The use of compression therapy may not be the only factor associated with ulcer healing. This was confirmed by a study of 65 patients with venous ulcer in a specialized service in the city of Boston (Massachusetts, USA). The ulcers were treated according to the institution’s protocol and included the use of compression therapy. The study follow-up was 52 months and confirmed that the risk factors associated with the ulcer not healing were deep venous disease and post-thrombotic etiology. New risk factors were identified such as depression and non-white race. However, factors related to care access did not influence achievement of ulcer healing(19).

The 10-month analysis of sickle cell ulcer treatment in this study showed that the bimonthly mean cost decreases throughout treatment, especially after the first 2 months. It is inferred that this fact is related to edema reduction through using an Unna boot, which results in decreased exudate drainage and consequently a reduction in the number of dressing changes(20). Another aspect which can influence cost reduction is the change in dressing type. Silver foam dressings are generally used at the beginning of treatment to reduce the bacterial load, which is later replaced by non-silver coatings. The former are more expensive because they contain antimicrobial components. The number of weekly changes is then reduced over the course of treatment, and spending on dressings is reduced both by reducing the area and not using antimicrobial dressing.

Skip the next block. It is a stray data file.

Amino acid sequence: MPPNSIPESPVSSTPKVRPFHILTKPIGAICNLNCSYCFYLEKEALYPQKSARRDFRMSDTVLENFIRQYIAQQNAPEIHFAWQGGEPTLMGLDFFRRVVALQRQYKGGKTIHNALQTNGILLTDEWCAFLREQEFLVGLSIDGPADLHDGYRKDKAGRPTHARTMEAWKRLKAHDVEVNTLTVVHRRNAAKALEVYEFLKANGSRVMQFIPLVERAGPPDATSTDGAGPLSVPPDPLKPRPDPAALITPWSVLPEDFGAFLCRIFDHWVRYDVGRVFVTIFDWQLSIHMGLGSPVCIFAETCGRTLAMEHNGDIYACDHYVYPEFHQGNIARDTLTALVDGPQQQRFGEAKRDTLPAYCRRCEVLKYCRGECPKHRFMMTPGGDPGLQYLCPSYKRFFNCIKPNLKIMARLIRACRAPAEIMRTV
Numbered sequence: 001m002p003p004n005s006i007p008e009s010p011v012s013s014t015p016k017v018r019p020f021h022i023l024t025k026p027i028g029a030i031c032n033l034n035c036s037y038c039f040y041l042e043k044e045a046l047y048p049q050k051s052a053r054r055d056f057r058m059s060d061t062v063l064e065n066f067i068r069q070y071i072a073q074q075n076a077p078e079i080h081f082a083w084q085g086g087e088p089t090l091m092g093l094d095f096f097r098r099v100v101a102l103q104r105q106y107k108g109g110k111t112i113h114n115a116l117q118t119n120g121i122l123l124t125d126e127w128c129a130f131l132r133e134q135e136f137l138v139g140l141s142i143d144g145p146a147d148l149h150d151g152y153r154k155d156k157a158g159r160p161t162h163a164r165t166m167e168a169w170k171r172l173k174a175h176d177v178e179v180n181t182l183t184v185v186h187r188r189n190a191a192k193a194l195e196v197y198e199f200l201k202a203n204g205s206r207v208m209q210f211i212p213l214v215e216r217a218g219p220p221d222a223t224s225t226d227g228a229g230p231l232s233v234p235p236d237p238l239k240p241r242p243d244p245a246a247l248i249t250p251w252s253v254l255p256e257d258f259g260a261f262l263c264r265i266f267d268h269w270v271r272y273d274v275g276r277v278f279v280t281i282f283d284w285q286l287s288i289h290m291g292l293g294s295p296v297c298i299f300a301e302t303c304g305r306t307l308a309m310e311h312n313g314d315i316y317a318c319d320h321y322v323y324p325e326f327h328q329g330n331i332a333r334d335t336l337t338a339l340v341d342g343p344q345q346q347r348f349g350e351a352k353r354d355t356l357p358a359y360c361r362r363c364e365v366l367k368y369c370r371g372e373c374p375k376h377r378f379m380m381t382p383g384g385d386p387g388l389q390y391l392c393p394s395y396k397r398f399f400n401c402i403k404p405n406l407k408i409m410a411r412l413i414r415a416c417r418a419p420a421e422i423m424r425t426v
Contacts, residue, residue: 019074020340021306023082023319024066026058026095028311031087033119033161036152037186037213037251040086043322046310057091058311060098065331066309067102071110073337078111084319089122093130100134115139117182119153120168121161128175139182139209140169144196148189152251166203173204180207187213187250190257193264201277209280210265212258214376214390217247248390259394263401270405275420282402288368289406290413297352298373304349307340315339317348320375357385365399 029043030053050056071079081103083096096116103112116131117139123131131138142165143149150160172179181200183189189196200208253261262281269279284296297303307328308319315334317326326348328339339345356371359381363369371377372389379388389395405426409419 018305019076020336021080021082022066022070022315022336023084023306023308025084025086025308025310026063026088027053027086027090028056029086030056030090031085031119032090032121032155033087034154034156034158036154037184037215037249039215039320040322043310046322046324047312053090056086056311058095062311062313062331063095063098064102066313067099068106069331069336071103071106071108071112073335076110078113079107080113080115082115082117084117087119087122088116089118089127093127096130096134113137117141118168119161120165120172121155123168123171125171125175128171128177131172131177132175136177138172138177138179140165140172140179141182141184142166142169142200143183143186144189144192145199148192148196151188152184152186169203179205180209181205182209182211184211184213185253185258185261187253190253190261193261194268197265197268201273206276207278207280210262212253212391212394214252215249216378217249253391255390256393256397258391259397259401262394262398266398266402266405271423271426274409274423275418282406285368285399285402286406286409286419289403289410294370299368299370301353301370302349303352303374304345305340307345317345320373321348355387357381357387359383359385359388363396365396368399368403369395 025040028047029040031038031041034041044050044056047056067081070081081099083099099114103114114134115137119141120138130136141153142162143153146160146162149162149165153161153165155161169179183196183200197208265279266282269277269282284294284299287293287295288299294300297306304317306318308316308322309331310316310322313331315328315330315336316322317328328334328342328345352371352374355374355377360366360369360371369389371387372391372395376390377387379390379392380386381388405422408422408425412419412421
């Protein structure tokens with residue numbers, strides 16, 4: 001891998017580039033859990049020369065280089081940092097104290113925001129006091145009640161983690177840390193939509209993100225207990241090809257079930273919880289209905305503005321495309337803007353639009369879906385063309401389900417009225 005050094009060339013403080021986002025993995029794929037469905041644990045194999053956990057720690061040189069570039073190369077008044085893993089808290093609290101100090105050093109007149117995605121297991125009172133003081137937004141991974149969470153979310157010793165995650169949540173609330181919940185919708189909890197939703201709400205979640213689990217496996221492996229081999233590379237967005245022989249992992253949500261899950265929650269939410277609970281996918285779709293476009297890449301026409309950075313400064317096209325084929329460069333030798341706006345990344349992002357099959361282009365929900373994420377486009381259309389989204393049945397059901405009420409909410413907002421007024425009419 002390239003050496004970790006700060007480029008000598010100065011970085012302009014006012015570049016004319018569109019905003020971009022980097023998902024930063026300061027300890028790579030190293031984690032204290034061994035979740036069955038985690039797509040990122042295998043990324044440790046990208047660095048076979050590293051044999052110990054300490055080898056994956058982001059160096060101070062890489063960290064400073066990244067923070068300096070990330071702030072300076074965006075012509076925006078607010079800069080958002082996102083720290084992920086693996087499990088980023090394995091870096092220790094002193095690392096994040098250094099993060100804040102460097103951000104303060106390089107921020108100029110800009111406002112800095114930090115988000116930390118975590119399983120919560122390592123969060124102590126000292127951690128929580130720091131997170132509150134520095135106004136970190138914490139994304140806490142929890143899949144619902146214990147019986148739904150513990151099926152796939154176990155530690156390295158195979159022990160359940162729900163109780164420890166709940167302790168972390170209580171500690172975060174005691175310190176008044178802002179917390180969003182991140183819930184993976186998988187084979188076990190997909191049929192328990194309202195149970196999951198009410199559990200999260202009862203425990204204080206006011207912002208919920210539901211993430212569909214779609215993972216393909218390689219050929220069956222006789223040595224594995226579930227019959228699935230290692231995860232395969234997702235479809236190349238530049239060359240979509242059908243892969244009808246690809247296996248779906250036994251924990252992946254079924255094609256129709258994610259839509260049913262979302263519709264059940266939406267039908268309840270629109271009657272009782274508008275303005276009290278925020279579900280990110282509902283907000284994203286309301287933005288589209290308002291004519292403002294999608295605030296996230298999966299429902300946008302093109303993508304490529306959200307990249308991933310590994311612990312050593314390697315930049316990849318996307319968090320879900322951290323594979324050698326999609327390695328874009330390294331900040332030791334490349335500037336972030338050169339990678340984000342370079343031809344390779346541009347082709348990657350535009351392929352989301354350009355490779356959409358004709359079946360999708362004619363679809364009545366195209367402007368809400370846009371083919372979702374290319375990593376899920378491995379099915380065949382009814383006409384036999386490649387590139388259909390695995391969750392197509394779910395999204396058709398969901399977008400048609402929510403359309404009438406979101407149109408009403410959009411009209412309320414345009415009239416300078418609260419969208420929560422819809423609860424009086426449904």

There is a strong recommendation (although only poor quality evidence) regarding the use of occlusive, semi-occlusive, absorbent or moisturizing dressings, including foams, hydrofibers, alginates, hydrocolloids and plaque hydrogel in sickle cell ulcer treatment. These dressings can keep moisture in balance and increase the healing rate(13,15).

The silver-activated carbon coating was the most cost-effective in this study. This is an antimicrobial dressing and basically consists of activated carbon tissue impregnated with 2.7 mg ionic silver/100 cm2, and is capable of adsorbing odor particles, capturing and destroying bacteria within the dressing structure itself, without providing silver to the wound bed. This dressing is considered the first to have a commercial impact in the UK(21).

In a study on economic analysis based on clinical outcomes according to UK treatment practice and cost structure conducted to examine the cost effectiveness of using Biatain® Ag+ Foam (A) against three other venous leg ulcer treatment protocols: Aquacel® Ag+ (B), Actisorb Silver® (C) and Iodoflex® (D), the authors identified that protocol (A) was the treatment with the best cost-effectiveness based on the cost-effectiveness ratio(22), contrary to the present study in which Ag+ carbon had the best cost-effectiveness, while Ag+ foam had the worst.